fugly sock yarn

Ok, maybe it's not "UUUUUUGly", but it IS loud. My recent success with overdyeing has made me bold. I see unusual, moderately unappealing colors, a generous sale price, and I think "That will be TERRIFIC to overdye."

While I was there, Robin asked what color it was going to be. The truth is, I don't know yet. I figure I'll start a pot of dye, throw a bunch of stuff in there, and one of the four balls of yarn will go in there. 2008 is about unclenching, letting go, and letting my inner artist come out.

I made a crack about the potential for the yarn turning out "like vomit". That was when it dawned on me, that my sense of color vomit could be someone else's rainbow. That my favorite colors certainly are someone else's color vomit.

I suppose it's all about color sensibility- we buy yarn, clothes, roving, and home decor in colors that are appealing to us. I have two friends who look stunning in baby-poop green. I knit one of them a baby-poop green shawl, and it was hard to get through. Though I like the color well enough, I am keenly aware that I look jaundiced in it.

This is the reason why most of my yarn is orange, pink, and olive green. The same goes for my mother and red.

The comforting part of this realization is that if my yarn turns out in a way that is unappealing to me, I know for certain that someone else will absolutely love it.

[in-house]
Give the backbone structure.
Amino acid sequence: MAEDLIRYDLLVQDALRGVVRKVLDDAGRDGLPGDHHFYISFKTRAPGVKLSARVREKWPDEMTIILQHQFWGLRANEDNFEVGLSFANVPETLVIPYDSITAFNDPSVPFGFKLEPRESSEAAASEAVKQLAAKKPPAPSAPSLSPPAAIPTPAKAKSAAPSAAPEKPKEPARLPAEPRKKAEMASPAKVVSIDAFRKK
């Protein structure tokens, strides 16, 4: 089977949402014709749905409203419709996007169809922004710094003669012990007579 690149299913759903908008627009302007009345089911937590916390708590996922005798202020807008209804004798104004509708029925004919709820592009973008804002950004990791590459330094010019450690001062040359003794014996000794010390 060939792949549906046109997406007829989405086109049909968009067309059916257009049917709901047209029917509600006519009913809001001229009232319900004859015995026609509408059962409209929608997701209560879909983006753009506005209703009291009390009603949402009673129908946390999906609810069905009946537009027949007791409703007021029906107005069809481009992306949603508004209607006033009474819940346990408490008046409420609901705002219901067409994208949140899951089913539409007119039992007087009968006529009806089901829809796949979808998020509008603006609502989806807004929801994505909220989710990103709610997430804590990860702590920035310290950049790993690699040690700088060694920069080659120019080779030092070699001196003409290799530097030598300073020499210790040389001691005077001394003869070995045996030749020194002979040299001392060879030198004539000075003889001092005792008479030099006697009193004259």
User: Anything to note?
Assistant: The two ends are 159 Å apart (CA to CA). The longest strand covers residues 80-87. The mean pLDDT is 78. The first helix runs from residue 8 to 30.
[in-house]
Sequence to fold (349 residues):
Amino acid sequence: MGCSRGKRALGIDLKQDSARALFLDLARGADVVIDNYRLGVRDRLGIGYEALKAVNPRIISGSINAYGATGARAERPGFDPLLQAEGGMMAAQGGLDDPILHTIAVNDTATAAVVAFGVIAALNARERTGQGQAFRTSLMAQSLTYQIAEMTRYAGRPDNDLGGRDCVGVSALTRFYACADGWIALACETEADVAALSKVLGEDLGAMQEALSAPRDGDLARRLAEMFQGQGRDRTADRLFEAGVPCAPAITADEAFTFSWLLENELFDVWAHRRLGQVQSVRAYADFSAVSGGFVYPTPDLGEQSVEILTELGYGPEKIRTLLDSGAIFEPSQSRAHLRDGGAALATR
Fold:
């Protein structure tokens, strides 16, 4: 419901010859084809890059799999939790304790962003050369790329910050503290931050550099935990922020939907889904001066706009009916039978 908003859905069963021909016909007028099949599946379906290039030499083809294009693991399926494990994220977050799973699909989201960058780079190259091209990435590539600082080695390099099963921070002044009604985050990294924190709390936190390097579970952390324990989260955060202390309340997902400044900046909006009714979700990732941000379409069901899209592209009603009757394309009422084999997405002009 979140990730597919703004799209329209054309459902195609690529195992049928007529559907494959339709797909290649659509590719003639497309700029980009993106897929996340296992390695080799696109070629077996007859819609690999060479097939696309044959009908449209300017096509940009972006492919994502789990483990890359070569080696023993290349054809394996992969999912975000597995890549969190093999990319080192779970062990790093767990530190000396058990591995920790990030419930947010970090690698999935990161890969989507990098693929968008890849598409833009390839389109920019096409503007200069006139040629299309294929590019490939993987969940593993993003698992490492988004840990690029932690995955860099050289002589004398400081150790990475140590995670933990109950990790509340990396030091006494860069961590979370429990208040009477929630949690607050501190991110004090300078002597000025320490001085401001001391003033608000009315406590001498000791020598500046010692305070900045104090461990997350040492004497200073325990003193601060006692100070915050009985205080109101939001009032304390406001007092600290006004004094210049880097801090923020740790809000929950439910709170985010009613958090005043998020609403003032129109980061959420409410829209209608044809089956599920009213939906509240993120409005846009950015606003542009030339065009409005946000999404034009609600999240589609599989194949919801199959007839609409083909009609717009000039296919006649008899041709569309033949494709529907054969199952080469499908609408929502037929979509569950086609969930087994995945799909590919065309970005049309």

Wednesday, January 16, 2008

Driving Miss Gigi

Mom is arriving back from overseas today. Though no requests were made for Reuben sandwiches, her travel schedule posed a bit of a problem.

Tehran is 11 1/2 hours ahead of us. Her plane left at God-Awful-Early AM (Tehran time), which makes it a Totally Reasonable hour here. Mom's schedule is all messed up, so every time she thought to call, she realized that it was an Unreasonable Hour in California.

I'll admit to making overseas calls at 2:30 AM their time, only remember it was an Unreasonable Hour in Tehran once my very tired, confused, and angry uncle answered the phone. Ooops. I hung up, glad that star-sixty-nine doesn't work on international calls. My cowardice is LEGEND.

Back to Mom. Right.

I have her flight information. I like to keep tabs on how the travel is going (a la flight tracker), so that in case of a delay, I'm not left uninformed. Sam's flight was delayed more than eight hours. Due to my meticulous planning and flight tracking, his Reuben was delivered hot. (Or lukewarm. San Francisco is a bit of a drive, folks.)

So, standard real-time flight trackers only work for domestic flights, which is fine, unless you have someone flying internationally to get domestic. After a few minutes of hunting, I found a site that would update me on the status of her flight, but alas, with no cool, real-time graphics.

Providing everything stays on schedule, Mom should be home this afternoon. Jet-lagged like a mofo, but home.

Tuesday, January 15, 2008

Catching my breath

Part of last week’s excitement was getting Niki updated on his vaccines. He was two or three weeks late on them, which isn’t really a big deal normally. But we were out of power for four days.

I had the brilliant idea (after we had power back, of course) to put the dogs in day care the next time we have an extended outage. That way, they can play and socialize, and I can go somewhere and work without feeling guilty that they’re alone in the dark. But.